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JavaServer Pages: Generating Dynamic Content
Pages: 1, 2, 3, 4, 5, 6, 7, 8

Formatting HTML Output

If you enter a value containing double quotes in the Name field of the userinfo2.jsp page, it doesn't work right. For example, try "Prince, "the artist"" and you'll see what I mean. Only "Prince," appears in the Name field, and the Birth Date field is not shown at all. What's going on here?

A look at the HTML code generated by the JSP page using your browser's View Source function reveals what's wrong:

<table>
  <tr>
    <td>Name:</td>
    <td><input type="text" name="userName" 
      value="Prince, "the artist"">
    </td>
  </tr>

In the JSP file, double quotes are used to enclose the value of the <input> element's value attribute, so when the value itself includes a double quote, the browser gets confused. The first double quote in the value is interpreted as the end of the value. That's why you see only "Prince," in the field. Even worse, the rest of the value interferes with the interpretation of the rest of the form, causing the next input field to be ignored in most browsers.

One solution to this problem would be to use single quotes around the values instead, since HTML accepts either single quotes or double quotes. But then you would have the same problem if the user enters a value that includes a single quote. Fortunately, there's a better way.

What's needed is special treatment of all characters that can cause HTML interpretation problems when we generate HTML from dynamic strings. One way to handle this is to let the bean take care of the special treatment. The UserInfoBean can do this through another set of properties: userNameFormatted, birthDateFormatted, emailAddrFormatted, sexFormatted, and luckyNumberFormatted.

These are read-only properties that simply represent formatted versions of the corresponding real property values. The bean is designed so that when you use these property names, all troublesome characters in the real property values--such as single quotes, double quotes, less-than symbols, greater-than symbols, and ampersands--are converted to their corresponding HTML character entities (i.e., &#39;, &#34;, &lt;, &gt;, and &amp;). The browser handles the converted values with no problem. If you're curious about the Java code for the formatted properties, it's described in Chapter 15. Example 5-5 shows a JSP page that uses the new properties.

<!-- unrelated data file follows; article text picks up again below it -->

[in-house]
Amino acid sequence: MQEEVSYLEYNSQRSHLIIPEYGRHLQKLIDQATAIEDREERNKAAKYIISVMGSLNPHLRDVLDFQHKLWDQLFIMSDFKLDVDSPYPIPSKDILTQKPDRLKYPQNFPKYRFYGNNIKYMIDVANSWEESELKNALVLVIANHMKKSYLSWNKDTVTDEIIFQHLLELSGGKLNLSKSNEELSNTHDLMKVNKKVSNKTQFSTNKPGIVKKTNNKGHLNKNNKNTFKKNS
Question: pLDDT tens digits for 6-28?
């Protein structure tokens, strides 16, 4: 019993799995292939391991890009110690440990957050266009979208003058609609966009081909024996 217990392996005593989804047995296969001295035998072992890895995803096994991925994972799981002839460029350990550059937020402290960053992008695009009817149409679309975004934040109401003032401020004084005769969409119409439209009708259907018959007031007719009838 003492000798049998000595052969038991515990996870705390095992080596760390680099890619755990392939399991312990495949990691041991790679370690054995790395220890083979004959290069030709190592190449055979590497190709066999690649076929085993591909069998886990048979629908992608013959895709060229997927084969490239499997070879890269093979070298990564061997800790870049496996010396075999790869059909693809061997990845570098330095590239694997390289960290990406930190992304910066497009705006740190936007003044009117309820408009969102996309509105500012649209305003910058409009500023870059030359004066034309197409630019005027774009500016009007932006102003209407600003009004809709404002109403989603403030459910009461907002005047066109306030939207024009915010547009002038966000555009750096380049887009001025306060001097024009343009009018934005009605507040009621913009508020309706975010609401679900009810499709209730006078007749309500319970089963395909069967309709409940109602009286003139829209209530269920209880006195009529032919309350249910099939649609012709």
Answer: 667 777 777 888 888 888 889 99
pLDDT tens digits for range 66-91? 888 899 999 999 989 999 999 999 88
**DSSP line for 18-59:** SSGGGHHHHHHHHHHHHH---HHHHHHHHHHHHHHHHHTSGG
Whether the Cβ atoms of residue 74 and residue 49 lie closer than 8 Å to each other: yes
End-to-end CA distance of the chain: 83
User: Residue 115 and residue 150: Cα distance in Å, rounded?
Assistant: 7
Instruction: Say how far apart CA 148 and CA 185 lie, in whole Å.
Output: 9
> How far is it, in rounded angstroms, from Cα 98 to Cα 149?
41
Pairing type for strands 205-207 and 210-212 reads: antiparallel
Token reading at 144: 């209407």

Example 5-5: A JSP Page with Validation and Formatting Using a Bean (userinfo3.jsp)

<%@ page language="java" contentType="text/html" %>
<html>
  <head>
    <title>User Info Entry Form</title>
  </head>
  <body bgcolor="white">
    <jsp:useBean
      id="userInfo"
      class="com.ora.jsp.beans.userinfo.UserInfoBean">
      <jsp:setProperty name="userInfo" property="*" />
    </jsp:useBean>
 
    <%-- Output list of values with invalid format, if any --%>
    <font color="red">
      <jsp:getProperty name="userInfo" property="propertyStatusMsg" />
    </font>
 
    <%-- Output form with submitted valid values --%>
    <form action="userinfo2.jsp" method="post">
      <table>
        <tr>
          <td>Name:</td>
          <td><input type="text" name="userName" 
            value="<jsp:getProperty
                     name="userInfo"
                     property="userNameFormatted"
                   />">
          </td>
        </tr>
        <tr>
          <td>Birth Date:</td>
          <td><input type="text" name="birthDate" 
            value="<jsp:getProperty
                     name="userInfo"
                     property="birthDateFormatted"
                   />">
          </td>
          <td>(Use format yyyy-mm-dd)</td>
        </tr>
        <tr>
          <td>Email Address:</td>
          <td><input type="text" name="emailAddr" 
            value="<jsp:getProperty
                     name="userInfo"
                     property="emailAddrFormatted"
                   />">
          </td>
          <td>(Use format name@company.com)</td>
        </tr>
        <tr>
          <td>Sex:</td>
          <td><input type="text" name="sex" 
            value="<jsp:getProperty
                     name="userInfo"
                     property="sexFormatted"
                   />">
          </td>
          <td>(Male or female)</td>
        </tr>
        <tr>
          <td>Lucky number:</td>
          <td><input type="text" name="luckyNumber" 
            value="<jsp:getProperty
                     name="userInfo"
                     property="luckyNumberFormatted"
                   />">
          </td>
          <td>(A number between 1 and 100)</td>
        </tr>
        <tr>
          <td colspan=2><input type="submit"></td>
        </tr>
      </table>
    </form>
  </body>
</html>

It's not always a good idea to have a bean handle this type of formatting, though. A bean is easier to reuse if it doesn't contain logic that is specific for one type of use, such as generating strings suitable for HTML. When we look at scripting elements and custom actions, we will revisit the subject of HTML formatting and look at other solutions to this problem.

Try the final version of this example by clicking on the "User Info 3 example" link. Now everything works fine, even if you happen to be Prince, "the artist."


1. In fact, Java is the only scripting language formally supported in the JSP specification, but the specification leaves room for other languages to be supported.

2. An element is actually represented by a start tag and an end tag, but the term "tag" is often used to refer to what's formally known as an element.